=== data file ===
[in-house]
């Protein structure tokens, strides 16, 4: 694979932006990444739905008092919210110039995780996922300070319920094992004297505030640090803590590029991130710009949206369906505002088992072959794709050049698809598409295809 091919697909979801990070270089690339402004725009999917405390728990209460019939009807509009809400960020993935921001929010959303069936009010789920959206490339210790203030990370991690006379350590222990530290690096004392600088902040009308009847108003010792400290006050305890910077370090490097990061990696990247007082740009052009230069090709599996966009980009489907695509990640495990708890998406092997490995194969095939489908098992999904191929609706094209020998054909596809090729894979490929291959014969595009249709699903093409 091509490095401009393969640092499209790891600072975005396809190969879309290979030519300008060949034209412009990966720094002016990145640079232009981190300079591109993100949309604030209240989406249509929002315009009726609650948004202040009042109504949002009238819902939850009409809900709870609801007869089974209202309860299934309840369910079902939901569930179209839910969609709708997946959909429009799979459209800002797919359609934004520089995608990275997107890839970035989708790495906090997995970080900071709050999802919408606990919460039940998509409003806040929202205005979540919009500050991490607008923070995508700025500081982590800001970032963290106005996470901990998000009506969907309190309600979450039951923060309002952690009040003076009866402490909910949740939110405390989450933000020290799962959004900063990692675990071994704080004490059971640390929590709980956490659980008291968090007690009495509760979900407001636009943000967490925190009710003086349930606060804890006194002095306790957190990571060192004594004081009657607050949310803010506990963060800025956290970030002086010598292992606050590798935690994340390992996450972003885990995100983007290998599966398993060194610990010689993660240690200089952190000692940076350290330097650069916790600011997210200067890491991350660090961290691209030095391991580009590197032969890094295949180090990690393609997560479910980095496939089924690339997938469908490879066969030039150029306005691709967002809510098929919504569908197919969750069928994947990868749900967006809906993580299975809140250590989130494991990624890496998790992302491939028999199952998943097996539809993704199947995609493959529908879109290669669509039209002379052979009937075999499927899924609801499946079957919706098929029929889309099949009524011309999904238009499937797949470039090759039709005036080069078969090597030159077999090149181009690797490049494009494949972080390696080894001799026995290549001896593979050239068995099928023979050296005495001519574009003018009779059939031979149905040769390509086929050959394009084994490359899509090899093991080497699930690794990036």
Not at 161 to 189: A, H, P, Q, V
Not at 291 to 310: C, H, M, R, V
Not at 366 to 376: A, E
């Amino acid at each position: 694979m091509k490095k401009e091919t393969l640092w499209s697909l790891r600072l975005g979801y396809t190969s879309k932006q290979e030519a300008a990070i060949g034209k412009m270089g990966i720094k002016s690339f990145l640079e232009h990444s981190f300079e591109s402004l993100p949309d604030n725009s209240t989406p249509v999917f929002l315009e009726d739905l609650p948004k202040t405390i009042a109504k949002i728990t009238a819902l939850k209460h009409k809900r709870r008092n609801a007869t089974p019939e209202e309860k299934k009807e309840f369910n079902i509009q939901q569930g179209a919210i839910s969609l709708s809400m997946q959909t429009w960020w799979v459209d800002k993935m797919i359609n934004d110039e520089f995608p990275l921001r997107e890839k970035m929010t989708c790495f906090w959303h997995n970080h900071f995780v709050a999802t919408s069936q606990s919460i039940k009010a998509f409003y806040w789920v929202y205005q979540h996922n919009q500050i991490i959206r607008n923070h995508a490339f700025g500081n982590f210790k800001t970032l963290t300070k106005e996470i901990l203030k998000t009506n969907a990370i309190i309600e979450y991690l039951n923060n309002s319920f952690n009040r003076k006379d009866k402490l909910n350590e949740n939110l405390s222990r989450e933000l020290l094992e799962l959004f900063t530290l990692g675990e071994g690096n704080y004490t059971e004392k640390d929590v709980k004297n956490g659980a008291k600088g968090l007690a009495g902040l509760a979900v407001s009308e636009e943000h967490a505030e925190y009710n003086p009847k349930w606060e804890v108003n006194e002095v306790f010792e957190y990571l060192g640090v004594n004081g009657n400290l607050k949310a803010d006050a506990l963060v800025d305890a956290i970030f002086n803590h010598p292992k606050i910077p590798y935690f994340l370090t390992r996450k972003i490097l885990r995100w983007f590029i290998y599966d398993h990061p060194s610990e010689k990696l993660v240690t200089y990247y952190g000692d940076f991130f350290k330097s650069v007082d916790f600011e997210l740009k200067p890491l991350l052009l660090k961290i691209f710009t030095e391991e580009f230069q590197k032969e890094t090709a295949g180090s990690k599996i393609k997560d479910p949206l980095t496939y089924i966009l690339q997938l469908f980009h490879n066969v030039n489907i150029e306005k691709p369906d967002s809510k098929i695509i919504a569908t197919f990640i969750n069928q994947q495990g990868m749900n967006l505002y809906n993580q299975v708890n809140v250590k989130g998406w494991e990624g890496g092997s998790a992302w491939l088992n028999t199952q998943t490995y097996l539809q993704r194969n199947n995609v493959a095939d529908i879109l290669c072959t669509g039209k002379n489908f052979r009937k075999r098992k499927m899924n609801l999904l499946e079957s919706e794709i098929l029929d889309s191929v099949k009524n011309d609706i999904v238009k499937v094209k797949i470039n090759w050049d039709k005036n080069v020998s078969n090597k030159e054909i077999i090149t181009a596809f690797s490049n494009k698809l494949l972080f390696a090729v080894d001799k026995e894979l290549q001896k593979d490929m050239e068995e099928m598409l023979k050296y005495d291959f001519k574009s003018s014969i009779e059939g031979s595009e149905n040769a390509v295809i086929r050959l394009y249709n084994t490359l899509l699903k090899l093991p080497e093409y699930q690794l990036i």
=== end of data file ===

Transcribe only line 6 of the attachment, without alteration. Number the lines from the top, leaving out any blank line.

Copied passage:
């Amino acid at each position: 694979m091509k490095k401009e091919t393969l640092w499209s697909l790891r600072l975005g979801y396809t190969s879309k932006q290979e030519a300008a990070i060949g034209k412009m270089g990966i720094k002016s690339f990145l640079e232009h990444s981190f300079e591109s402004l993100p949309d604030n725009s209240t989406p249509v999917f929002l315009e009726d739905l609650p948004k202040t405390i009042a109504k949002i728990t009238a819902l939850k209460h009409k809900r709870r008092n609801a007869t089974p019939e209202e309860k299934k009807e309840f369910n079902i509009q939901q569930g179209a919210i839910s969609l709708s809400m997946q959909t429009w960020w799979v459209d800002k993935m797919i359609n934004d110039e520089f995608p990275l921001r997107e890839k970035m929010t989708c790495f906090w959303h997995n970080h900071f995780v709050a999802t919408s069936q606990s919460i039940k009010a998509f409003y806040w789920v929202y205005q979540h996922n919009q500050i991490i959206r607008n923070h995508a490339f700025g500081n982590f210790k800001t970032l963290t300070k106005e996470i901990l203030k998000t009506n969907a990370i309190i309600e979450y991690l039951n923060n309002s319920f952690n009040r003076k006379d009866k402490l909910n350590e949740n939110l405390s222990r989450e933000l020290l094992e799962l959004f900063t530290l990692g675990e071994g690096n704080y004490t059971e004392k640390d929590v709980k004297n956490g659980a008291k600088g968090l007690a009495g902040l509760a979900v407001s009308e636009e943000h967490a505030e925190y009710n003086p009847k349930w606060e804890v108003n006194e002095v306790f010792e957190y990571l060192g640090v004594n004081g009657n400290l607050k949310a803010d006050a506990l963060v800025d305890a956290i970030f002086n803590h010598p292992k606050i910077p590798y935690f994340l370090t390992r996450k972003i490097l885990r995100w983007f590029i290998y599966d398993h990061p060194s610990e010689k990696l993660v240690t200089y990247y952190g000692d940076f991130f350290k330097s650069v007082d916790f600011e997210l740009k200067p890491l991350l052009l660090k961290i691209f710009t030095e391991e580009f230069q590197k032969e890094t090709a295949g180090s990690k599996i393609k997560d479910p949206l980095t496939y089924i966009l690339q997938l469908f980009h490879n066969v030039n489907i150029e306005k691709p369906d967002s809510k098929i695509i919504a569908t197919f990640i969750n069928q994947q495990g990868m749900n967006l505002y809906n993580q299975v708890n809140v250590k989130g998406w494991e990624g890496g092997s998790a992302w491939l088992n028999t199952q998943t490995y097996l539809q993704r194969n199947n995609v493959a095939d529908i879109l290669c072959t669509g039209k002379n489908f052979r009937k075999r098992k499927m899924n609801l999904l499946e079957s919706e794709i098929l029929d889309s191929v099949k009524n011309d609706i999904v238009k499937v094209k797949i470039n090759w050049d039709k005036n080069v020998s078969n090597k030159e054909i077999i090149t181009a596809f690797s490049n494009k698809l494949l972080f390696a090729v080894d001799k026995e894979l290549q001896k593979d490929m050239e068995e099928m598409l023979k050296y005495d291959f001519k574009s003018s014969i009779e059939g031979s595009e149905n040769a390509v295809i086929r050959l394009y249709n084994t490359l899509l699903k090899l093991p080497e093409y699930q690794l990036i």